North Thanet MP Roger Gale
by Roger Gale,
MP for Thanet North
The Prime Minister, following representations from many government backbenchers and discussions with the leader of the opposition, last week went the “extra mile” and tabled a motion that allowed time for the UN weapons inspectors to report before instigating any military action against Syria.
Most significantly, he also guaranteed a further vote in parliament before any such action could be taken. That was not, as some have sought to present it, “an endorsement of military action”.
The terms of the motion could not have been clearer and it offered everything that those who, like myself, had expressed grave reservations about precipitate military intervention, had asked for.
On that basis the Prime Minister had a right to expect that not only his own back bench, Conservatives and Liberal Democrats, but also the leader of the Labour party and his members would support the motion.
At the 11th hour [Labour leader] David Miliband chose instead to table an amendment that was, in terms, virtually identical to the government`s motion and gave himself the “wriggle room” to renege on the undertaking that he had clearly given to the Prime Minister.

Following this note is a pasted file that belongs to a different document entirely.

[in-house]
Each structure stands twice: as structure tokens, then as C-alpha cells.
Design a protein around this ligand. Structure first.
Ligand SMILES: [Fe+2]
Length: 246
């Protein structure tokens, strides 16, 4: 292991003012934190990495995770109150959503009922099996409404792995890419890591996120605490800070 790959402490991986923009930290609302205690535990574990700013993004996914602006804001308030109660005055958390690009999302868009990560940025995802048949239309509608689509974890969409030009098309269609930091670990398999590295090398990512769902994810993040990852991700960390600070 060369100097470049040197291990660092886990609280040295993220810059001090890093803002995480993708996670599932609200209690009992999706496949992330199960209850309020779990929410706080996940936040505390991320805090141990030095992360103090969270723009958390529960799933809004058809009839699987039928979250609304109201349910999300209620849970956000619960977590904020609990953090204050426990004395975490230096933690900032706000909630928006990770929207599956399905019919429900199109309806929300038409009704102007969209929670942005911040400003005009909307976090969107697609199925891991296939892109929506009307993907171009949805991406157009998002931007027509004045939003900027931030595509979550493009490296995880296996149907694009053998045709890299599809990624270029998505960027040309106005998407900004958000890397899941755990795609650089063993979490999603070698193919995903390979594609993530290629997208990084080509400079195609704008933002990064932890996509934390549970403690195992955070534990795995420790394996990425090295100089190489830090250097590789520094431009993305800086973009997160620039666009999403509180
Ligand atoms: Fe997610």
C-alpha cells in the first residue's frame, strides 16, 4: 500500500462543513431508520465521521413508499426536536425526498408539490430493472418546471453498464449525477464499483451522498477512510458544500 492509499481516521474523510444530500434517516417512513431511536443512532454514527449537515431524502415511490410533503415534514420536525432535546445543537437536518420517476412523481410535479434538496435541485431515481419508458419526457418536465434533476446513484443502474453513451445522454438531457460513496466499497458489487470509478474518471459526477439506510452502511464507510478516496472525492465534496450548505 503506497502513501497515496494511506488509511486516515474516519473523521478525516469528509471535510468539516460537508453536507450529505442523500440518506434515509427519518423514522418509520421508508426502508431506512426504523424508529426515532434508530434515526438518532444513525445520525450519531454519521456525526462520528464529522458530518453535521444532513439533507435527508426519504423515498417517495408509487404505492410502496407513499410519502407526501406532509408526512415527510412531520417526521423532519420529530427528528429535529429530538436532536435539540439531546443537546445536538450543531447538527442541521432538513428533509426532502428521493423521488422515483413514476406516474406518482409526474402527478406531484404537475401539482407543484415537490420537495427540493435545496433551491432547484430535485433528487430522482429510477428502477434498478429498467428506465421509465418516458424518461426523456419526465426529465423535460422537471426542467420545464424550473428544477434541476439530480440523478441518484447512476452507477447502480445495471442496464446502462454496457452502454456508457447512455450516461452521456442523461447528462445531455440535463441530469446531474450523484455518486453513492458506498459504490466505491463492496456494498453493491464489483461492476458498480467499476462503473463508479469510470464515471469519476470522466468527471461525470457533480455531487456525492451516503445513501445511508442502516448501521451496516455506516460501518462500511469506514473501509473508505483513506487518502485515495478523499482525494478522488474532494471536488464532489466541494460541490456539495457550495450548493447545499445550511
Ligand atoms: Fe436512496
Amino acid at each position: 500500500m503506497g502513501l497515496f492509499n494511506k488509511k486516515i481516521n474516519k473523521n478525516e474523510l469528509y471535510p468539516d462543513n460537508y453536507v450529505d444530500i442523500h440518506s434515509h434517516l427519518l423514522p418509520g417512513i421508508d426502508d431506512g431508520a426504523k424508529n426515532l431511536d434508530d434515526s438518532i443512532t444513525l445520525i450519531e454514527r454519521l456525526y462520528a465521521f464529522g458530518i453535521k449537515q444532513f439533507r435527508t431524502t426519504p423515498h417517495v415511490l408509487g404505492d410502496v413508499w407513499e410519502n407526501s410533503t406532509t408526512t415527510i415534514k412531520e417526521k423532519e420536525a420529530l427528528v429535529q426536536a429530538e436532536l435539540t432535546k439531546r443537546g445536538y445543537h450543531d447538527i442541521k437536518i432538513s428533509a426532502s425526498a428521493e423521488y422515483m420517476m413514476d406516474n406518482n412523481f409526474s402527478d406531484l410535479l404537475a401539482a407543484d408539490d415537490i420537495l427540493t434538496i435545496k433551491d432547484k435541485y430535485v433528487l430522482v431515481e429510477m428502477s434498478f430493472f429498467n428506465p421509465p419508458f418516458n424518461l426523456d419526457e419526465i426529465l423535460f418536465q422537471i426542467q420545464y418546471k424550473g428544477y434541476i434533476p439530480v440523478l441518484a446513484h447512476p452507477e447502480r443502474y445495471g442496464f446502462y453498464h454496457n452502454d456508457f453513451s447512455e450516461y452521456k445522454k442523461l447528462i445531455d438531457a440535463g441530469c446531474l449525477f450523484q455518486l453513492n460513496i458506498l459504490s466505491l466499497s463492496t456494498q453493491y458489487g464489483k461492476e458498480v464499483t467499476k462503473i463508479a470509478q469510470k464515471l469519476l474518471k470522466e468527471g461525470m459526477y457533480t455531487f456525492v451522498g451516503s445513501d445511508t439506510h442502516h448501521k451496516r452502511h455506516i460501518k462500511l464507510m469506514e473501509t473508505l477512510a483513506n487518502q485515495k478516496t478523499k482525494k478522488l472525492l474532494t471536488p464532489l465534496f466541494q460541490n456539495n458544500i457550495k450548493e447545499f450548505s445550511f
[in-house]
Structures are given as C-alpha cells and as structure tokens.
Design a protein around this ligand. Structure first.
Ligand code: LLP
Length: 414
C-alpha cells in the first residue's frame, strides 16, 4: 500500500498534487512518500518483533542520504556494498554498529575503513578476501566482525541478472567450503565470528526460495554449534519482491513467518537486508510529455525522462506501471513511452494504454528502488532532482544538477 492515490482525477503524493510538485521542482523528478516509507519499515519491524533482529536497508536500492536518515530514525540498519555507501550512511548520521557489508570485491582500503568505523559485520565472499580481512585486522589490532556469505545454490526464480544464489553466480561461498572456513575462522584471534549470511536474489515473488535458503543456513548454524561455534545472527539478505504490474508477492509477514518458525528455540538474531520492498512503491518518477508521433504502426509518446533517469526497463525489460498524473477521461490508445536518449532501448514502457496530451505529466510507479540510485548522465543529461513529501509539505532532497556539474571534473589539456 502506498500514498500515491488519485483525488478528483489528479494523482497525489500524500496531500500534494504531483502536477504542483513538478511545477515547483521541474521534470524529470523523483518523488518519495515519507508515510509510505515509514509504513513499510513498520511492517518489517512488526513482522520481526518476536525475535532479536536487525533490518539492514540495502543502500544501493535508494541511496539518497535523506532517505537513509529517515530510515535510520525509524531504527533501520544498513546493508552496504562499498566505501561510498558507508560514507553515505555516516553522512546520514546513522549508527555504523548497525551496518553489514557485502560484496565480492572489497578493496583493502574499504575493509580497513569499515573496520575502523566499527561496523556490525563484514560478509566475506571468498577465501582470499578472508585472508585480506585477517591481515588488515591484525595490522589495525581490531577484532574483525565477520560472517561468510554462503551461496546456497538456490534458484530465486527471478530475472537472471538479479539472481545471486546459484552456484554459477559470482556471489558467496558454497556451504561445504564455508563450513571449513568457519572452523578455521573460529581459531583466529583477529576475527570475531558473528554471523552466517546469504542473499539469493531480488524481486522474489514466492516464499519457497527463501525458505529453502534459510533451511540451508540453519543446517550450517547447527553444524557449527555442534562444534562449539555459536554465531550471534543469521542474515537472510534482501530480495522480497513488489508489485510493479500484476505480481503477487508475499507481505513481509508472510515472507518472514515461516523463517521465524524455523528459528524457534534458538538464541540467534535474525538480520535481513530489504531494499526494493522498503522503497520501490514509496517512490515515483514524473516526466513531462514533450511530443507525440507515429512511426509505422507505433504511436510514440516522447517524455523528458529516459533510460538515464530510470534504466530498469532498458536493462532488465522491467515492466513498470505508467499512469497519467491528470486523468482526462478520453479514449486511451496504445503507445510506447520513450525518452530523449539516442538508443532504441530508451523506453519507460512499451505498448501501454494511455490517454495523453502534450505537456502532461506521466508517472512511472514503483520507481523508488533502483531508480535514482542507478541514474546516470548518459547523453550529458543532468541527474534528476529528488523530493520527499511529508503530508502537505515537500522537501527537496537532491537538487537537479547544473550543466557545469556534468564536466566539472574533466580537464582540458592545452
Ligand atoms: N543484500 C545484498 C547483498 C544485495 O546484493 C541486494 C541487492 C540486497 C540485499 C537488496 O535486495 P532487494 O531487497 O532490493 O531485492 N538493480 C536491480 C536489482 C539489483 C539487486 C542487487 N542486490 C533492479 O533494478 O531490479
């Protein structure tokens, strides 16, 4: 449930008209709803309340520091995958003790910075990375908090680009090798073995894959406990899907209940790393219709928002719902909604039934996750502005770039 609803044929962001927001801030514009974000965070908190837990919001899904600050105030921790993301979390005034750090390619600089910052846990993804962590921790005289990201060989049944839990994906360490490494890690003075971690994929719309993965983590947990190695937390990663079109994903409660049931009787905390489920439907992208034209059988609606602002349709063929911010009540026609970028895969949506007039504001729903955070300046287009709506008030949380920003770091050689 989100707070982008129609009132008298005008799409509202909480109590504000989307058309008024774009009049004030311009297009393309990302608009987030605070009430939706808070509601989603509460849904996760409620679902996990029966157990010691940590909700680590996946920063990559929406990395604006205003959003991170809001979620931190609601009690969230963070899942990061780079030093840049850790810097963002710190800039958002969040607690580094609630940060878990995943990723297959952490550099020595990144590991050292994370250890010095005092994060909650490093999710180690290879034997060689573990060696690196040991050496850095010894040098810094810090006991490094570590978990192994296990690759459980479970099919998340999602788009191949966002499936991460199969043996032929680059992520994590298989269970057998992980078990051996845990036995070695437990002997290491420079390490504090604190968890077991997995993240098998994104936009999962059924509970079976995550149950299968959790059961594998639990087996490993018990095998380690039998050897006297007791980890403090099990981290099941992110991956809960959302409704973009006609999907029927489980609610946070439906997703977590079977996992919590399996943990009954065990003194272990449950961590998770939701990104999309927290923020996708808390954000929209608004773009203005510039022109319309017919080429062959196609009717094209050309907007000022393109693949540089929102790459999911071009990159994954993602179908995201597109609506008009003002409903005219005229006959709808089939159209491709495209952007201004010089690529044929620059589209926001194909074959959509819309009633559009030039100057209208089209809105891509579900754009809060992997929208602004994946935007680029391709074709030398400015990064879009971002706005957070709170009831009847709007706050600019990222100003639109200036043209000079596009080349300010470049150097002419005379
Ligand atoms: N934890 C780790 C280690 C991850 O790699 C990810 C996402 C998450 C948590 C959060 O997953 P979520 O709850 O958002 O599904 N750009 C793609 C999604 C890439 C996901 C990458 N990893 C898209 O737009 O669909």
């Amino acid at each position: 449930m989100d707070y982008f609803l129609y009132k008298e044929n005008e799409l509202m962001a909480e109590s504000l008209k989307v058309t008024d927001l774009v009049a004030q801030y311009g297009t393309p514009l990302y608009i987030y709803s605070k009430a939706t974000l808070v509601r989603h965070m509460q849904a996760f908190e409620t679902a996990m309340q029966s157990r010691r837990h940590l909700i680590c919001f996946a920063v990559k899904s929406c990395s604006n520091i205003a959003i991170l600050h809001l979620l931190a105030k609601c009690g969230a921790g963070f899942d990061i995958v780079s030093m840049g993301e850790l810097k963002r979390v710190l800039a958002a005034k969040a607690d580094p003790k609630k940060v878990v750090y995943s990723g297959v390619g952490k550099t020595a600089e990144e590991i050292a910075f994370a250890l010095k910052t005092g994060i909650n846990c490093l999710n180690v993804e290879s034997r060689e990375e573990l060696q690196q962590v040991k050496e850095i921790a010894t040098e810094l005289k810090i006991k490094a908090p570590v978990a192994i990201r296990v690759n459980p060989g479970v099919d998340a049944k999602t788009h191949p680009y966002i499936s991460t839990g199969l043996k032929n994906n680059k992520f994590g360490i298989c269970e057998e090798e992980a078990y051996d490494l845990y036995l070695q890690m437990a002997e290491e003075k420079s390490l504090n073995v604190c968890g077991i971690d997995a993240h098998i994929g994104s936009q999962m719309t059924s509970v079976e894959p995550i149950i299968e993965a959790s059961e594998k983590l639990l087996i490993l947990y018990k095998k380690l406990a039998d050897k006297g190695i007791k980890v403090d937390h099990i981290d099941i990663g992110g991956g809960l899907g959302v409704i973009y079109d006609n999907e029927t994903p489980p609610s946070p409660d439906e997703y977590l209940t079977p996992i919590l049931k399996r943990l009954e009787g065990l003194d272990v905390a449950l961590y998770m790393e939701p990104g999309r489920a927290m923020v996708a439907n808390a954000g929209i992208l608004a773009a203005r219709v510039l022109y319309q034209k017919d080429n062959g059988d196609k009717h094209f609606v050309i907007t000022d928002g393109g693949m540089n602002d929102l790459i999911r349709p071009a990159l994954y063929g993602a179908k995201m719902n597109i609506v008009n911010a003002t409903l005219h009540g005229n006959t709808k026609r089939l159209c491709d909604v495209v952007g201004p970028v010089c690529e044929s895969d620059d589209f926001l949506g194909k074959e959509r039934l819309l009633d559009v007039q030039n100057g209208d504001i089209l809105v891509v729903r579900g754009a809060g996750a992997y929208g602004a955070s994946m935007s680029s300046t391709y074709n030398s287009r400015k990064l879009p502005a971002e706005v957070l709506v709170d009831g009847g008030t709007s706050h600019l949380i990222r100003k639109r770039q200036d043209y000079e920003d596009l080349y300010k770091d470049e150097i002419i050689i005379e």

The outcome of that action may have a profound effect not only upon Mr Miliband’s political future, but much more importantly upon the whole future of the prospects for peace in the Middle East.
Had the government motion been carried there would have been time, while awaiting the report of the international arms inspectors, to have sought not a UN Security Council resolution that would almost certainly have been blocked by Russia and China but, as I suggested during Thursday`s debate, a vote of the entire General Assembly of the United Nations – a vote that would have stood a much greater chance of success.
By defeating the government at this stage, however, and by effectively ruling out any United Kingdom military intervention of any kind, we have, I think wholly unnecessarily, weakened our own position in the world, undermined our negotiating position and that of our allies and made further oppression of the women and children of Syria more likely, the prospects for peace in the Middle East more remote and an already bad situation infinitely more dangerous.
The full text of Mr Gale's article is in this week's Thanet Extra - out now.